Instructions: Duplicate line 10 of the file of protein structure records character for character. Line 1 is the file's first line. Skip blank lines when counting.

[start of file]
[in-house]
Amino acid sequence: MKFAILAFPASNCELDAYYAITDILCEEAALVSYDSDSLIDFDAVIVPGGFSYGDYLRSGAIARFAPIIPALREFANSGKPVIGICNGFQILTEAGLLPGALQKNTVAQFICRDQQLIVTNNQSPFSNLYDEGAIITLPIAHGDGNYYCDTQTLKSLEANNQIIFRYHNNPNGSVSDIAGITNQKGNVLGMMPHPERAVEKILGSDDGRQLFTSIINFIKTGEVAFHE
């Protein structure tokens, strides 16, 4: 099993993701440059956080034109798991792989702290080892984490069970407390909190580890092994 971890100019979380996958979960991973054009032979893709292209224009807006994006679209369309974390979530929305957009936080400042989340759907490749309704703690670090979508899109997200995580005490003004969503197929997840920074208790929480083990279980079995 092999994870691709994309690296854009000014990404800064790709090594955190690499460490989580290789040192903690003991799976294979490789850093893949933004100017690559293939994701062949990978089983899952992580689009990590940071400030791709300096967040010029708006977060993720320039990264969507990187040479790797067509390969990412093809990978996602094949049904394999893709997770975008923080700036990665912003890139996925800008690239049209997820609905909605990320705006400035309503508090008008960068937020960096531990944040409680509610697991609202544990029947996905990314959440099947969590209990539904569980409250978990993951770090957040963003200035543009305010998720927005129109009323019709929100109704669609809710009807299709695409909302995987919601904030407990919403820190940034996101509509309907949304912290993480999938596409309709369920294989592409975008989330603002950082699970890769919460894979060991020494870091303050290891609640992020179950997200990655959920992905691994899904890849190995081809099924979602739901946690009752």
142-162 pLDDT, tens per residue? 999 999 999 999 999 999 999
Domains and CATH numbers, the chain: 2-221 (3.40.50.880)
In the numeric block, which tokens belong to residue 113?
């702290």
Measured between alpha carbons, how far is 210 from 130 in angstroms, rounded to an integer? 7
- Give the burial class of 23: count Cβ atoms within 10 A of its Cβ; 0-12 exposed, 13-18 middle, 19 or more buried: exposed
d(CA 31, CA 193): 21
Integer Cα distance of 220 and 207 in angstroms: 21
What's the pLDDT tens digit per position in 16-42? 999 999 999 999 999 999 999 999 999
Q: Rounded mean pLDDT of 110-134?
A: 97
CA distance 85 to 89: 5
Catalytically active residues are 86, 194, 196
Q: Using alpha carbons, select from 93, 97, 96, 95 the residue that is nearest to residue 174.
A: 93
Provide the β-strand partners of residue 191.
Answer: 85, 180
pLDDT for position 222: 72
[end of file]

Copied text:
d(CA 31, CA 193): 21